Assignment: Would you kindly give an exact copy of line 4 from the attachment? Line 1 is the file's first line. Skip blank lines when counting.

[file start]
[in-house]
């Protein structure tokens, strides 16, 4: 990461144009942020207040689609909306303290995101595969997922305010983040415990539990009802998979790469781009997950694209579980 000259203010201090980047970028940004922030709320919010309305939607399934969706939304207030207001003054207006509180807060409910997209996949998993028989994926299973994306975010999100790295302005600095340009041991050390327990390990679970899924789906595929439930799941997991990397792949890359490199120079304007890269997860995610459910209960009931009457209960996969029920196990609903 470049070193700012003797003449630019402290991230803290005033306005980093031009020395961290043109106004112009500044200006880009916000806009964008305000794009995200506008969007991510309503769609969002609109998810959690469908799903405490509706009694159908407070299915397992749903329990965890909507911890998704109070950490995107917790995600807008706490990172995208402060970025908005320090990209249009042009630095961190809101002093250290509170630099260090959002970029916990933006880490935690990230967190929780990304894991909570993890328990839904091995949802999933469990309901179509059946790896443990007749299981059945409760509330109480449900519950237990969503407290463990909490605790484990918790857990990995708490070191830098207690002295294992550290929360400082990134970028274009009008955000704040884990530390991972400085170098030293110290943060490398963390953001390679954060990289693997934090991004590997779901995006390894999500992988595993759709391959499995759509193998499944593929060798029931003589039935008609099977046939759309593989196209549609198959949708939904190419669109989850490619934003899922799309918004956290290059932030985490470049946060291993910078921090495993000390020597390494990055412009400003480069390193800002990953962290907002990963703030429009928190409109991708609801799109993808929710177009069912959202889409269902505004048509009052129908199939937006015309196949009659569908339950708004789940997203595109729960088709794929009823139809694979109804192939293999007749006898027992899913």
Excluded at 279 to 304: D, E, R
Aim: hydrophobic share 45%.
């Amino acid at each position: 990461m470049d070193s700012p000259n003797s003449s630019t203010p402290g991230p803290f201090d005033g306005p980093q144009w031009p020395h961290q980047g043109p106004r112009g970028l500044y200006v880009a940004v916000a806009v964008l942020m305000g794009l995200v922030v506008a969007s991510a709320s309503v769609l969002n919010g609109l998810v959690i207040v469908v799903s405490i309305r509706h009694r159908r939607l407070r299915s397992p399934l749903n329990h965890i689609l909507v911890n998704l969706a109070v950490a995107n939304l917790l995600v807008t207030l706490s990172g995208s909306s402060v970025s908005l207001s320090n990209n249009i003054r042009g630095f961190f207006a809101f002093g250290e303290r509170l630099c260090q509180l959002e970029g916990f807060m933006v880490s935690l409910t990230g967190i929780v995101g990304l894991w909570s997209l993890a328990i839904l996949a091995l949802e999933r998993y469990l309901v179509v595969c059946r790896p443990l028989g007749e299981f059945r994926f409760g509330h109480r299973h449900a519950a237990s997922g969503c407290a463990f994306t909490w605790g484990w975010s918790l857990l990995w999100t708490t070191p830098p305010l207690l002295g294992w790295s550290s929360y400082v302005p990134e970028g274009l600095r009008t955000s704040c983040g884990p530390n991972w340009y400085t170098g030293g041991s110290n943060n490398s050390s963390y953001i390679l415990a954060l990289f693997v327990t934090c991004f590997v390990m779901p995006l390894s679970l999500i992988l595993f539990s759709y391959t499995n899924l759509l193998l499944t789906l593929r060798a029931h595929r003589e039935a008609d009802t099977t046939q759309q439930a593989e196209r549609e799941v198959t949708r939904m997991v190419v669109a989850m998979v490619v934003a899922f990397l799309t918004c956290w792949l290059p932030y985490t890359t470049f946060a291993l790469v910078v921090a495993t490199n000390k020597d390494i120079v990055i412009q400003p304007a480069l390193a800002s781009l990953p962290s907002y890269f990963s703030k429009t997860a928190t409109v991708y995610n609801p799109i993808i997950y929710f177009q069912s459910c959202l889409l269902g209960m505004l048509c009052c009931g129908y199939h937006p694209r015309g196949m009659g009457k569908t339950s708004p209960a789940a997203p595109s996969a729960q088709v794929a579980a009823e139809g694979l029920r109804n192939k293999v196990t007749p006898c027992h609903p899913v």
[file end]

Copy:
Aim: hydrophobic share 45%.